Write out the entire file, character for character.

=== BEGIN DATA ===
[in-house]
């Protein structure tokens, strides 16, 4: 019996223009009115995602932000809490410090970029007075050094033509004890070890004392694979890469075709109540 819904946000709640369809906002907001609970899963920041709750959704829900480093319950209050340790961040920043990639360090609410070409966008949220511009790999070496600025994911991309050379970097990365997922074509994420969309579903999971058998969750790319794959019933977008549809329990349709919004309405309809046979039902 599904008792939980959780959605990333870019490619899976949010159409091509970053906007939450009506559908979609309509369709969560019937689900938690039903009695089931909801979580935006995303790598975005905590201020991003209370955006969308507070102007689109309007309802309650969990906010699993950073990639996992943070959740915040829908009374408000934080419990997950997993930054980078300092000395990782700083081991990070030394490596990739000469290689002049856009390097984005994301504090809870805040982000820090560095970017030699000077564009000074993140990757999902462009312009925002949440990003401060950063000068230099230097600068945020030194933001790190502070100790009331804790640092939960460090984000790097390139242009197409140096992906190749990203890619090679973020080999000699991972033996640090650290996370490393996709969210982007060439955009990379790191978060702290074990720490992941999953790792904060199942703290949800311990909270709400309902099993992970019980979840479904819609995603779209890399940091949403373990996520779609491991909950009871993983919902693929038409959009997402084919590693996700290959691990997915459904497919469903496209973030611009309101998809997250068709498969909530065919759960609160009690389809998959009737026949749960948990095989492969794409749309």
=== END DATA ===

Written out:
[in-house]
């Protein structure tokens, strides 16, 4: 019996223009009115995602932000809490410090970029007075050094033509004890070890004392694979890469075709109540 819904946000709640369809906002907001609970899963920041709750959704829900480093319950209050340790961040920043990639360090609410070409966008949220511009790999070496600025994911991309050379970097990365997922074509994420969309579903999971058998969750790319794959019933977008549809329990349709919004309405309809046979039902 599904008792939980959780959605990333870019490619899976949010159409091509970053906007939450009506559908979609309509369709969560019937689900938690039903009695089931909801979580935006995303790598975005905590201020991003209370955006969308507070102007689109309007309802309650969990906010699993950073990639996992943070959740915040829908009374408000934080419990997950997993930054980078300092000395990782700083081991990070030394490596990739000469290689002049856009390097984005994301504090809870805040982000820090560095970017030699000077564009000074993140990757999902462009312009925002949440990003401060950063000068230099230097600068945020030194933001790190502070100790009331804790640092939960460090984000790097390139242009197409140096992906190749990203890619090679973020080999000699991972033996640090650290996370490393996709969210982007060439955009990379790191978060702290074990720490992941999953790792904060199942703290949800311990909270709400309902099993992970019980979840479904819609995603779209890399940091949403373990996520779609491991909950009871993983919902693929038409959009997402084919590693996700290959691990997915459904497919469903496209973030611009309101998809997250068709498969909530065919759960609160009690389809998959009737026949749960948990095989492969794409749309």